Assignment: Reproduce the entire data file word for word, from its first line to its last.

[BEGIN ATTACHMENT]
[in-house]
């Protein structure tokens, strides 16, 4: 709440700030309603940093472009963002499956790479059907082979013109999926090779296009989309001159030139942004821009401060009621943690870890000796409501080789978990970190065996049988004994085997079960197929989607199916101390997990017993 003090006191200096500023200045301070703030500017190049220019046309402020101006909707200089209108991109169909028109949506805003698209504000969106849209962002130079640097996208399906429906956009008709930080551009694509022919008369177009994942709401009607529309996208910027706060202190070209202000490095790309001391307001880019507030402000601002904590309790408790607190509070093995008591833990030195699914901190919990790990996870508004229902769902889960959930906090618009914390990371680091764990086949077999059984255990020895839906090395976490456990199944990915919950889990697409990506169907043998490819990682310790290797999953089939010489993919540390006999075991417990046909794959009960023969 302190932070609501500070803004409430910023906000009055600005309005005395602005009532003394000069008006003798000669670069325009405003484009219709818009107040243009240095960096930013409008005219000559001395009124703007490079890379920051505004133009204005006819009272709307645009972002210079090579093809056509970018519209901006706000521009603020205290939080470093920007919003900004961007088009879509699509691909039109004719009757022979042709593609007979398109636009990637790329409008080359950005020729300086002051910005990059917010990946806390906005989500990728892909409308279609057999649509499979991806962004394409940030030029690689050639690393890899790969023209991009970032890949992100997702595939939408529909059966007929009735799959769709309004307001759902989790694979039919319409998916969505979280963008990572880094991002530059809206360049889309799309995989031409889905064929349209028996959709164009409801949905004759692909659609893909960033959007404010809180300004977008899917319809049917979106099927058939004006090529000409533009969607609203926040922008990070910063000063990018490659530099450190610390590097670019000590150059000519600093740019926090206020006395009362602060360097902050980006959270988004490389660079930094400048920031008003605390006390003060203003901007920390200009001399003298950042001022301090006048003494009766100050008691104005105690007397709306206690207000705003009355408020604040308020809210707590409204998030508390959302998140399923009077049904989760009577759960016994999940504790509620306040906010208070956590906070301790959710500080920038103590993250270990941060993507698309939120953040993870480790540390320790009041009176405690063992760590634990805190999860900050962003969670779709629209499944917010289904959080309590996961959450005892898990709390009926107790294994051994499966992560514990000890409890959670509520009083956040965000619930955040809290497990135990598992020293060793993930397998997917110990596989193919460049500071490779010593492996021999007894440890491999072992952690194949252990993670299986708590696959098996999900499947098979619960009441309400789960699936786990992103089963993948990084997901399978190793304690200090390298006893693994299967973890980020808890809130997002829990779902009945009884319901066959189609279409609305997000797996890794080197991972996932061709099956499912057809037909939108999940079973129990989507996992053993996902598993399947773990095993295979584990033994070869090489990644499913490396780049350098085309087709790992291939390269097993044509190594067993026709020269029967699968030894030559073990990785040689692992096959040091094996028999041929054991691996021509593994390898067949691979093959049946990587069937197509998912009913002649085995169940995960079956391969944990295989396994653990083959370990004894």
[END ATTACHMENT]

[in-house]
């Protein structure tokens, strides 16, 4: 709440700030309603940093472009963002499956790479059907082979013109999926090779296009989309001159030139942004821009401060009621943690870890000796409501080789978990970190065996049988004994085997079960197929989607199916101390997990017993 003090006191200096500023200045301070703030500017190049220019046309402020101006909707200089209108991109169909028109949506805003698209504000969106849209962002130079640097996208399906429906956009008709930080551009694509022919008369177009994942709401009607529309996208910027706060202190070209202000490095790309001391307001880019507030402000601002904590309790408790607190509070093995008591833990030195699914901190919990790990996870508004229902769902889960959930906090618009914390990371680091764990086949077999059984255990020895839906090395976490456990199944990915919950889990697409990506169907043998490819990682310790290797999953089939010489993919540390006999075991417990046909794959009960023969 302190932070609501500070803004409430910023906000009055600005309005005395602005009532003394000069008006003798000669670069325009405003484009219709818009107040243009240095960096930013409008005219000559001395009124703007490079890379920051505004133009204005006819009272709307645009972002210079090579093809056509970018519209901006706000521009603020205290939080470093920007919003900004961007088009879509699509691909039109004719009757022979042709593609007979398109636009990637790329409008080359950005020729300086002051910005990059917010990946806390906005989500990728892909409308279609057999649509499979991806962004394409940030030029690689050639690393890899790969023209991009970032890949992100997702595939939408529909059966007929009735799959769709309004307001759902989790694979039919319409998916969505979280963008990572880094991002530059809206360049889309799309995989031409889905064929349209028996959709164009409801949905004759692909659609893909960033959007404010809180300004977008899917319809049917979106099927058939004006090529000409533009969607609203926040922008990070910063000063990018490659530099450190610390590097670019000590150059000519600093740019926090206020006395009362602060360097902050980006959270988004490389660079930094400048920031008003605390006390003060203003901007920390200009001399003298950042001022301090006048003494009766100050008691104005105690007397709306206690207000705003009355408020604040308020809210707590409204998030508390959302998140399923009077049904989760009577759960016994999940504790509620306040906010208070956590906070301790959710500080920038103590993250270990941060993507698309939120953040993870480790540390320790009041009176405690063992760590634990805190999860900050962003969670779709629209499944917010289904959080309590996961959450005892898990709390009926107790294994051994499966992560514990000890409890959670509520009083956040965000619930955040809290497990135990598992020293060793993930397998997917110990596989193919460049500071490779010593492996021999007894440890491999072992952690194949252990993670299986708590696959098996999900499947098979619960009441309400789960699936786990992103089963993948990084997901399978190793304690200090390298006893693994299967973890980020808890809130997002829990779902009945009884319901066959189609279409609305997000797996890794080197991972996932061709099956499912057809037909939108999940079973129990989507996992053993996902598993399947773990095993295979584990033994070869090489990644499913490396780049350098085309087709790992291939390269097993044509190594067993026709020269029967699968030894030559073990990785040689692992096959040091094996028999041929054991691996021509593994390898067949691979093959049946990587069937197509998912009913002649085995169940995960079956391969944990295989396994653990083959370990004894």